25-Hydroxycholesterol secreted by macrophages in response to Toll-like receptor activation suppresses immunoglobulin A production.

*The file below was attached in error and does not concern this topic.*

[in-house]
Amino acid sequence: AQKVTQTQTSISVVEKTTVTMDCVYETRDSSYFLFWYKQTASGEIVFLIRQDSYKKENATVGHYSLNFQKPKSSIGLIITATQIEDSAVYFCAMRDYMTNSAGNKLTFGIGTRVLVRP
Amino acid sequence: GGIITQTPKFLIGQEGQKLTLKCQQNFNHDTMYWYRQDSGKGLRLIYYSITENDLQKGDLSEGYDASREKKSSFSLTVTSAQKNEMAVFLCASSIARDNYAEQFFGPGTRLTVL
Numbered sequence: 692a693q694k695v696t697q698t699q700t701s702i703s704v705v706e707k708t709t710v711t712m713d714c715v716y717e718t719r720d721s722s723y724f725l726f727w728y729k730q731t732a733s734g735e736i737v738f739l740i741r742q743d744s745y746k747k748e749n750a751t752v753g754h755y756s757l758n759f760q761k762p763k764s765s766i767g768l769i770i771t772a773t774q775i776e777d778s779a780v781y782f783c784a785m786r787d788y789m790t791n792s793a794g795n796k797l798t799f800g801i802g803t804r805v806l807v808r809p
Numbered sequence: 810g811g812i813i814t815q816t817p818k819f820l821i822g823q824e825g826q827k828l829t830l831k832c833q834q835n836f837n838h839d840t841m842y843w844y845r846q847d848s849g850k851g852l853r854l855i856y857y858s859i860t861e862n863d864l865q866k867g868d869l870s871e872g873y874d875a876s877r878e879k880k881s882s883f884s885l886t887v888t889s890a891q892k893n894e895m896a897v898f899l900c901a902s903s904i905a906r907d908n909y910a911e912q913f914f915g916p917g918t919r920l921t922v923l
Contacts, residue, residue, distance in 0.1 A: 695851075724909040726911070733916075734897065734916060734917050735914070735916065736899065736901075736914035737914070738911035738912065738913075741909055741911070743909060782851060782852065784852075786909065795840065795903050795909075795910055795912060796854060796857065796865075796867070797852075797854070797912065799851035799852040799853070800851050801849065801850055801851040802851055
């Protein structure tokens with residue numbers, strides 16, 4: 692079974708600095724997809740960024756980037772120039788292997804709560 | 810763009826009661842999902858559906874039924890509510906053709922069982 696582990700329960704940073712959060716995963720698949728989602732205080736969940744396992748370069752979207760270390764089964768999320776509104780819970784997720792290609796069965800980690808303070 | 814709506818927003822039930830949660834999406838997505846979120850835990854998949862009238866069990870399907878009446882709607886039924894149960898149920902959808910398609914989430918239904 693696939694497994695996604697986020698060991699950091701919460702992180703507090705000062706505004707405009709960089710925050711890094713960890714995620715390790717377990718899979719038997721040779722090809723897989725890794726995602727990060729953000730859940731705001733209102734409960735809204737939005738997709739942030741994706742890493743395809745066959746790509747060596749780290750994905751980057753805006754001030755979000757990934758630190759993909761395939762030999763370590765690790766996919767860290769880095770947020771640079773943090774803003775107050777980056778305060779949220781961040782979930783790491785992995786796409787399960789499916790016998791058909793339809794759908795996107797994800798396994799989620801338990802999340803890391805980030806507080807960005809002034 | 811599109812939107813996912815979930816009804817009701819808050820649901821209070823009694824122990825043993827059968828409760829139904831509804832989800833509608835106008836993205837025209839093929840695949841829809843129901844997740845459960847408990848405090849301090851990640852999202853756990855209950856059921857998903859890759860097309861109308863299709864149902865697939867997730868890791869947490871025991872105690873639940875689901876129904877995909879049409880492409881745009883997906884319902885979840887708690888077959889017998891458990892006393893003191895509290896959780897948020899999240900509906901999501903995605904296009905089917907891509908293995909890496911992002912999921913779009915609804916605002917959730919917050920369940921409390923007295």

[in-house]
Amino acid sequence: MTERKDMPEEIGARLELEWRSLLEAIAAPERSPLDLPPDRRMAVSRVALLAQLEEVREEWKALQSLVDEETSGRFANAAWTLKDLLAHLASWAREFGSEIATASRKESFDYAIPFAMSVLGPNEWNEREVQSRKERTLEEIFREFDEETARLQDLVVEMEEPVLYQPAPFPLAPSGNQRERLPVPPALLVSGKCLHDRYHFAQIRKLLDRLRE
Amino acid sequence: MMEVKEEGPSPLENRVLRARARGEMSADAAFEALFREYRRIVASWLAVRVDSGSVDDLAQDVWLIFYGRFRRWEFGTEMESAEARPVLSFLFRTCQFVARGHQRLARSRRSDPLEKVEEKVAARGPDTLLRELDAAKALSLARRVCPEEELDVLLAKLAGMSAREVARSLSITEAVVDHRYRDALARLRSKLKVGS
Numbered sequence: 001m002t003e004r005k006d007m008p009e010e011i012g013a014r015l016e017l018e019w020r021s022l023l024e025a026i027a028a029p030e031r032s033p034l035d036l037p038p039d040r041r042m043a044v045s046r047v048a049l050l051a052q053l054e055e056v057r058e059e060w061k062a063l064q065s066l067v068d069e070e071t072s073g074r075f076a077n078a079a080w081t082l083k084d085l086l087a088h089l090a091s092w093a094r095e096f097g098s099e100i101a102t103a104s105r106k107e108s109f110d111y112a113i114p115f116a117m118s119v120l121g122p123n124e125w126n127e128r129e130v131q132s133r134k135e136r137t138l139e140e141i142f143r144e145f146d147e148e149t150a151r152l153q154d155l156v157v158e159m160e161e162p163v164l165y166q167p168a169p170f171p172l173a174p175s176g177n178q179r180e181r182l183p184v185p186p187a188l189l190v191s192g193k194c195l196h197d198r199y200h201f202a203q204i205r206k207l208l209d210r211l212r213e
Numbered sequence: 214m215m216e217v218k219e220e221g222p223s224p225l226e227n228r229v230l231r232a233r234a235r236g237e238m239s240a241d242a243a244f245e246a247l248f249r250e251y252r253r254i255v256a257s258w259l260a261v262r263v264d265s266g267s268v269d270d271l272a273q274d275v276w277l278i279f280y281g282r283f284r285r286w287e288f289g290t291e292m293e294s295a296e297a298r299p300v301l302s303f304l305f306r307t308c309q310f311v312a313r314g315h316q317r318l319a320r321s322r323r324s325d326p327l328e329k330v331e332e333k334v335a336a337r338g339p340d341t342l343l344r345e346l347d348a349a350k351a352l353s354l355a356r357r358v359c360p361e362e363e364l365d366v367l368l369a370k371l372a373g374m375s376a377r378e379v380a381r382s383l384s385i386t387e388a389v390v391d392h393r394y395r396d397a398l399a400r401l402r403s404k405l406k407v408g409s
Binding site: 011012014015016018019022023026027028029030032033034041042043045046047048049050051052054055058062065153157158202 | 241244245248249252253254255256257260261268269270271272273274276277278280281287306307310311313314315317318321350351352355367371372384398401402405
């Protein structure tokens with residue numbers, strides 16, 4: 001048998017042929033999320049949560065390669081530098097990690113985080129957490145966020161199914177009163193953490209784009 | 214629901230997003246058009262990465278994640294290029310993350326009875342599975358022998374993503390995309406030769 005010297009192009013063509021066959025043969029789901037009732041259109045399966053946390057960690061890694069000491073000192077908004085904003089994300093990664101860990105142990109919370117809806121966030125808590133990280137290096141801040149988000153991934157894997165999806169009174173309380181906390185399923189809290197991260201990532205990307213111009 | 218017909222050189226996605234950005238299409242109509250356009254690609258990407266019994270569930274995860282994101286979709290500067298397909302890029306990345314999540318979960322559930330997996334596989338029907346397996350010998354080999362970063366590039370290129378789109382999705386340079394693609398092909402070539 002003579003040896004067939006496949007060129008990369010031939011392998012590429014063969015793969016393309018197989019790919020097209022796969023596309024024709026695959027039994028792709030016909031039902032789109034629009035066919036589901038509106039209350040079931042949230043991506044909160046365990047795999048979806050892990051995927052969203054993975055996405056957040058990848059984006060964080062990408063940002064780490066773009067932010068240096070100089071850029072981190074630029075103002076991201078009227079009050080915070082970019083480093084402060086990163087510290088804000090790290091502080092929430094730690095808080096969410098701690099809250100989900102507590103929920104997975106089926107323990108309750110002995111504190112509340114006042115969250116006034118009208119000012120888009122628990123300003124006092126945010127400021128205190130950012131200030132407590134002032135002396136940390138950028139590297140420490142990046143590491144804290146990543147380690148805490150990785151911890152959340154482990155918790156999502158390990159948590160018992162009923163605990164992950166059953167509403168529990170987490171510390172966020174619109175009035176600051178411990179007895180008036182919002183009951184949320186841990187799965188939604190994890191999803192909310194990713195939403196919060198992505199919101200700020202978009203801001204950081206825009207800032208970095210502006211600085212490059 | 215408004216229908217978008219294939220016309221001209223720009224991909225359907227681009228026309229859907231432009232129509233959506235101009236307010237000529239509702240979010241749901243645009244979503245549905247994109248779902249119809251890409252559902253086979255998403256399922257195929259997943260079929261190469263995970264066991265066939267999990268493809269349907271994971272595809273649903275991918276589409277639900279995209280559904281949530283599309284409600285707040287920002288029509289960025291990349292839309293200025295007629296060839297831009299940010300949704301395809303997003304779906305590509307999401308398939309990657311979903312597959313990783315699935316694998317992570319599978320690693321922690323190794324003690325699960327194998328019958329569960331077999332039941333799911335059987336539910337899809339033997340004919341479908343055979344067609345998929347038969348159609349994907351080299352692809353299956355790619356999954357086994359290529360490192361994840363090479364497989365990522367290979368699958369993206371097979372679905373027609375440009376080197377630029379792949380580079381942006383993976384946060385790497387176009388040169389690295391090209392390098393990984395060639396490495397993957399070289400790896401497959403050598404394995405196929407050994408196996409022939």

25-Hydroxycholesterol is produced in mammalian tissues. The function of this oxysterol is unknown. Here we describe a central role for 25-hydroxycholesterol in regulating the immune system. In initial experiments, we found that stimulation of macrophage Toll-like receptors (TLR) induced expression of cholesterol 25-hydroxylase and the synthesis of 25-hydroxycholesterol. Treatment of naïve B cells with nanomolar concentrations of 25-hydroxycholesterol suppressed IL-2-mediated stimulation of B cell proliferation, repressed activation-induced cytidine deaminase (AID) expression, and blocked class switch recombination, leading to markedly decreased IgA production. Consistent with these findings, deletion of the mouse cholesterol 25-hydroxylase gene caused an increase in serum IgA. Conversely, inactivation of the CYP7B1 oxysterol 7alpha-hydroxylase, which degrades 25-hydroxycholesterol, decreased serum IgA. The suppression of IgA class switching in B cells by a macrophage-derived sterol in response to TLR activation provides a mechanism for local and systemic negative regulation of the adaptive immune response by the innate immune system.